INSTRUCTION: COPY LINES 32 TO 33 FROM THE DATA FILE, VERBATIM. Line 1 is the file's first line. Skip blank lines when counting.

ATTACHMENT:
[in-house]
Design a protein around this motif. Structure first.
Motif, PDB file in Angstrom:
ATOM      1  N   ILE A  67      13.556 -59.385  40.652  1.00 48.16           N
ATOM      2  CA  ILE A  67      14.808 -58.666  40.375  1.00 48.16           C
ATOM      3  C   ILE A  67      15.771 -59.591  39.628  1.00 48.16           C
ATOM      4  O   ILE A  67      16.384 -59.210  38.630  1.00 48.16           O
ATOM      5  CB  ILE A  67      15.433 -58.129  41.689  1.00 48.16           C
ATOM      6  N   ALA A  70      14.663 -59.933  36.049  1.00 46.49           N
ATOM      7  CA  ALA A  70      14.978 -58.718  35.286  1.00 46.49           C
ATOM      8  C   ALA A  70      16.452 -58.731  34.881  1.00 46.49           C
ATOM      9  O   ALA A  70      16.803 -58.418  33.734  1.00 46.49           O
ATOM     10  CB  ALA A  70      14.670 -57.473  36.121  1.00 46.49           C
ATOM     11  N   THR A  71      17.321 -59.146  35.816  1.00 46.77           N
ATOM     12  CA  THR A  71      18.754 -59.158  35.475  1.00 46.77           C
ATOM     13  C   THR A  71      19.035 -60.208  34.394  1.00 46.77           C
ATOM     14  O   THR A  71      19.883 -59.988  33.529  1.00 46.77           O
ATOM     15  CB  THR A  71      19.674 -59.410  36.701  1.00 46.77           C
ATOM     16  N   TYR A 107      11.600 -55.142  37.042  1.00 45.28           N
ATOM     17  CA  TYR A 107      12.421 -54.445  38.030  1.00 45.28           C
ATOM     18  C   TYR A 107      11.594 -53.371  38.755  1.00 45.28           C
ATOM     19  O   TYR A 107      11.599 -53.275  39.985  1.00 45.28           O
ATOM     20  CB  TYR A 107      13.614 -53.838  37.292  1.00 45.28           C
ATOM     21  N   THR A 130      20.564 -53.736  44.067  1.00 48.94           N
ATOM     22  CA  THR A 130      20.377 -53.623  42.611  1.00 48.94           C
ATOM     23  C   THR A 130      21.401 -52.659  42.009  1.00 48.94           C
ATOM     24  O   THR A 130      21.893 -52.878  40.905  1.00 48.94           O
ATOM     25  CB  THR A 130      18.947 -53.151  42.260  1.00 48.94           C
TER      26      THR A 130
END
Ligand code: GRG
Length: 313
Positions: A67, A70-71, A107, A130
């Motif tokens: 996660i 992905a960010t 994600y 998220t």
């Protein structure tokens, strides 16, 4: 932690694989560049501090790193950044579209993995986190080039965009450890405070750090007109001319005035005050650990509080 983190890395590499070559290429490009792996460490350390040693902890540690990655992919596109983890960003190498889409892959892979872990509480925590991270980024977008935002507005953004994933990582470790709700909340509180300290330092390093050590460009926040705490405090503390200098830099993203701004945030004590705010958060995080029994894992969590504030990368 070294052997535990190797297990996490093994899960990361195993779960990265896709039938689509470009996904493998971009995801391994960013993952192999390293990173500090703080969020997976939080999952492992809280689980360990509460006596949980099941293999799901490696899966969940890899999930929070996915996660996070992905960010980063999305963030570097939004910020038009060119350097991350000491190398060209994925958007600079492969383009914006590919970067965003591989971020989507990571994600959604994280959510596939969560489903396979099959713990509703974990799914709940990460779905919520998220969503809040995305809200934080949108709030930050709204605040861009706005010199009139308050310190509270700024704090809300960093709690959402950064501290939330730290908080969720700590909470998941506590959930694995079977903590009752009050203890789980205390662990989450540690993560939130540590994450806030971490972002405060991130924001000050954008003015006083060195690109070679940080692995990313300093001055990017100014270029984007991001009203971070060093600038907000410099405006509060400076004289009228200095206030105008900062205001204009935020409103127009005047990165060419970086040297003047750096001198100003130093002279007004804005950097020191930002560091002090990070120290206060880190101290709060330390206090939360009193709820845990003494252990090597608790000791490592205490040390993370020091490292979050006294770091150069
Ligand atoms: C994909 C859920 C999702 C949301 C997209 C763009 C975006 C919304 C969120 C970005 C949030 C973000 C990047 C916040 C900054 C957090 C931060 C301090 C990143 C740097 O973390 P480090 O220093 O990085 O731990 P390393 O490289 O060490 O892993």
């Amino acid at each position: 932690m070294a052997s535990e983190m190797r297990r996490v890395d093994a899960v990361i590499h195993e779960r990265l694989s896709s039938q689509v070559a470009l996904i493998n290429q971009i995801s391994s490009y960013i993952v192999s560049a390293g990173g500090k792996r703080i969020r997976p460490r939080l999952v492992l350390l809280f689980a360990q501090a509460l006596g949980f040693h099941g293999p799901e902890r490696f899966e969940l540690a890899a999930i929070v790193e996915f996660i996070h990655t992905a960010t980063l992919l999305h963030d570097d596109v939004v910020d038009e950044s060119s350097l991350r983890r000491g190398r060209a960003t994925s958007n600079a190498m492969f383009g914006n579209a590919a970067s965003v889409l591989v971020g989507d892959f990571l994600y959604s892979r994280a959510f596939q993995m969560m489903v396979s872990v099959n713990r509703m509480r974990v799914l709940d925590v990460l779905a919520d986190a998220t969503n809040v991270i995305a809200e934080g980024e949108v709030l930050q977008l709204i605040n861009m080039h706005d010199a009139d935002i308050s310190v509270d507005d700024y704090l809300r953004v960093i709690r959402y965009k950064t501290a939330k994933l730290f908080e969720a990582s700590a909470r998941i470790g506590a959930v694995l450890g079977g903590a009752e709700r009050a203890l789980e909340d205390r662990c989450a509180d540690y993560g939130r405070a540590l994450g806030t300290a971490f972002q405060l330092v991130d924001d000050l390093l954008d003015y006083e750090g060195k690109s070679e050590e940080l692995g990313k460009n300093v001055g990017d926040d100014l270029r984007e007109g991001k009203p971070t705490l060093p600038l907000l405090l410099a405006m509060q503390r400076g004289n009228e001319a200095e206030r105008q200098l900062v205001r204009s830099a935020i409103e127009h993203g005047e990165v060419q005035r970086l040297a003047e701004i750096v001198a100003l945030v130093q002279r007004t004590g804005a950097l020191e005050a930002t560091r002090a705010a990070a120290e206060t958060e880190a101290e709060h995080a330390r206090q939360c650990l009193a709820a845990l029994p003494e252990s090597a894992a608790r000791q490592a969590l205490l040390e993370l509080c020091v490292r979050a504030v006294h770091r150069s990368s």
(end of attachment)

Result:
Length: 313
Positions: A67, A70-71, A107, A130